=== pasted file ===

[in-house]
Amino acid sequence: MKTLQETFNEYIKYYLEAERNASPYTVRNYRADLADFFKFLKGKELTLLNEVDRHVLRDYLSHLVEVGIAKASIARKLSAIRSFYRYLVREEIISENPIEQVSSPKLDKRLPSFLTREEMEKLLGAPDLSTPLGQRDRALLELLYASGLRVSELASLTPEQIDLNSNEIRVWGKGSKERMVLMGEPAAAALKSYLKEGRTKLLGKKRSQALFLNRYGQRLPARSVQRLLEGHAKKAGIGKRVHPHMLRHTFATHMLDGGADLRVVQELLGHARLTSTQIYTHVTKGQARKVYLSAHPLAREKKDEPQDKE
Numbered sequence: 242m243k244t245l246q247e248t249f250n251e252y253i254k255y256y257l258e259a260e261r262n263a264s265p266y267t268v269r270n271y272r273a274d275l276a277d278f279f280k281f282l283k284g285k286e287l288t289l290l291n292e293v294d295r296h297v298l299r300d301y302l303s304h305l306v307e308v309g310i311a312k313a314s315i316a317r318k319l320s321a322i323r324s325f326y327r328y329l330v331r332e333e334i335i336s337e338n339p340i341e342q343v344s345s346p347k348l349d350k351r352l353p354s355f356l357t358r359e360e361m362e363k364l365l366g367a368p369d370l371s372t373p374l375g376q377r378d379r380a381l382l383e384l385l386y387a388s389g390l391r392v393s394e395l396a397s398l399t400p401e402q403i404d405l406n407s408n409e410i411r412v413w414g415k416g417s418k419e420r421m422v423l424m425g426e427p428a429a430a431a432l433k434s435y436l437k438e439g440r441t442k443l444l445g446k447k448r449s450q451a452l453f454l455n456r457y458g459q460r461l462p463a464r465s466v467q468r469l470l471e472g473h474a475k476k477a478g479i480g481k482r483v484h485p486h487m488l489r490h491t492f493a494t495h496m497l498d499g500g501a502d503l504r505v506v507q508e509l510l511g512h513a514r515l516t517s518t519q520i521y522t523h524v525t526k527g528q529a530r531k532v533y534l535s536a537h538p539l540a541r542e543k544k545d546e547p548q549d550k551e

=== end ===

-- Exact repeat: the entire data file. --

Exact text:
[in-house]
Amino acid sequence: MKTLQETFNEYIKYYLEAERNASPYTVRNYRADLADFFKFLKGKELTLLNEVDRHVLRDYLSHLVEVGIAKASIARKLSAIRSFYRYLVREEIISENPIEQVSSPKLDKRLPSFLTREEMEKLLGAPDLSTPLGQRDRALLELLYASGLRVSELASLTPEQIDLNSNEIRVWGKGSKERMVLMGEPAAAALKSYLKEGRTKLLGKKRSQALFLNRYGQRLPARSVQRLLEGHAKKAGIGKRVHPHMLRHTFATHMLDGGADLRVVQELLGHARLTSTQIYTHVTKGQARKVYLSAHPLAREKKDEPQDKE
Numbered sequence: 242m243k244t245l246q247e248t249f250n251e252y253i254k255y256y257l258e259a260e261r262n263a264s265p266y267t268v269r270n271y272r273a274d275l276a277d278f279f280k281f282l283k284g285k286e287l288t289l290l291n292e293v294d295r296h297v298l299r300d301y302l303s304h305l306v307e308v309g310i311a312k313a314s315i316a317r318k319l320s321a322i323r324s325f326y327r328y329l330v331r332e333e334i335i336s337e338n339p340i341e342q343v344s345s346p347k348l349d350k351r352l353p354s355f356l357t358r359e360e361m362e363k364l365l366g367a368p369d370l371s372t373p374l375g376q377r378d379r380a381l382l383e384l385l386y387a388s389g390l391r392v393s394e395l396a397s398l399t400p401e402q403i404d405l406n407s408n409e410i411r412v413w414g415k416g417s418k419e420r421m422v423l424m425g426e427p428a429a430a431a432l433k434s435y436l437k438e439g440r441t442k443l444l445g446k447k448r449s450q451a452l453f454l455n456r457y458g459q460r461l462p463a464r465s466v467q468r469l470l471e472g473h474a475k476k477a478g479i480g481k482r483v484h485p486h487m488l489r490h491t492f493a494t495h496m497l498d499g500g501a502d503l504r505v506v507q508e509l510l511g512h513a514r515l516t517s518t519q520i521y522t523h524v525t526k527g528q529a530r531k532v533y534l535s536a537h538p539l540a541r542e543k544k545d546e547p548q549d550k551e